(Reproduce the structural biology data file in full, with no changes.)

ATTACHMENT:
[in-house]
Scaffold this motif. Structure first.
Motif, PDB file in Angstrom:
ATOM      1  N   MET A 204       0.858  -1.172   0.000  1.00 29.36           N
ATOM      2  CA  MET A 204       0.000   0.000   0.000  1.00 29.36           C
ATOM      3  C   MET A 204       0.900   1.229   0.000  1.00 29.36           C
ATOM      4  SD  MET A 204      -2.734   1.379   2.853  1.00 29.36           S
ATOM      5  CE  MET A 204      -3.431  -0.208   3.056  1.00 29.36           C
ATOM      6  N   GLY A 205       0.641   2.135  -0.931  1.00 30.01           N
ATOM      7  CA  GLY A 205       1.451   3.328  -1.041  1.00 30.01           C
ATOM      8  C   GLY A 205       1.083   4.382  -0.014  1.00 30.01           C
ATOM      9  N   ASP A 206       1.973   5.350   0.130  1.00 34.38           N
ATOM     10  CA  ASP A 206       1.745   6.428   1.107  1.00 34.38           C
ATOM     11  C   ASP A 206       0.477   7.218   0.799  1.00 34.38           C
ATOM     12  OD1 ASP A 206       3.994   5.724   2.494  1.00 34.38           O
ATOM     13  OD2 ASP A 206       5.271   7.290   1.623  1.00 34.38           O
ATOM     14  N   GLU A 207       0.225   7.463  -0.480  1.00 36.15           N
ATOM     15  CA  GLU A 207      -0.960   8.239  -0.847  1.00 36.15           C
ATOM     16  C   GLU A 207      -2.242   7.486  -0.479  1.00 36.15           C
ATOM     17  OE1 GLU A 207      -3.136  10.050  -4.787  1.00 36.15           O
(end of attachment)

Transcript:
[in-house]
Scaffold this motif. Structure first.
Motif, PDB file in Angstrom:
ATOM      1  N   MET A 204       0.858  -1.172   0.000  1.00 29.36           N
ATOM      2  CA  MET A 204       0.000   0.000   0.000  1.00 29.36           C
ATOM      3  C   MET A 204       0.900   1.229   0.000  1.00 29.36           C
ATOM      4  SD  MET A 204      -2.734   1.379   2.853  1.00 29.36           S
ATOM      5  CE  MET A 204      -3.431  -0.208   3.056  1.00 29.36           C
ATOM      6  N   GLY A 205       0.641   2.135  -0.931  1.00 30.01           N
ATOM      7  CA  GLY A 205       1.451   3.328  -1.041  1.00 30.01           C
ATOM      8  C   GLY A 205       1.083   4.382  -0.014  1.00 30.01           C
ATOM      9  N   ASP A 206       1.973   5.350   0.130  1.00 34.38           N
ATOM     10  CA  ASP A 206       1.745   6.428   1.107  1.00 34.38           C
ATOM     11  C   ASP A 206       0.477   7.218   0.799  1.00 34.38           C
ATOM     12  OD1 ASP A 206       3.994   5.724   2.494  1.00 34.38           O
ATOM     13  OD2 ASP A 206       5.271   7.290   1.623  1.00 34.38           O
ATOM     14  N   GLU A 207       0.225   7.463  -0.480  1.00 36.15           N
ATOM     15  CA  GLU A 207      -0.960   8.239  -0.847  1.00 36.15           C
ATOM     16  C   GLU A 207      -2.242   7.486  -0.479  1.00 36.15           C
ATOM     17  OE1 GLU A 207      -3.136  10.050  -4.787  1.00 36.15           O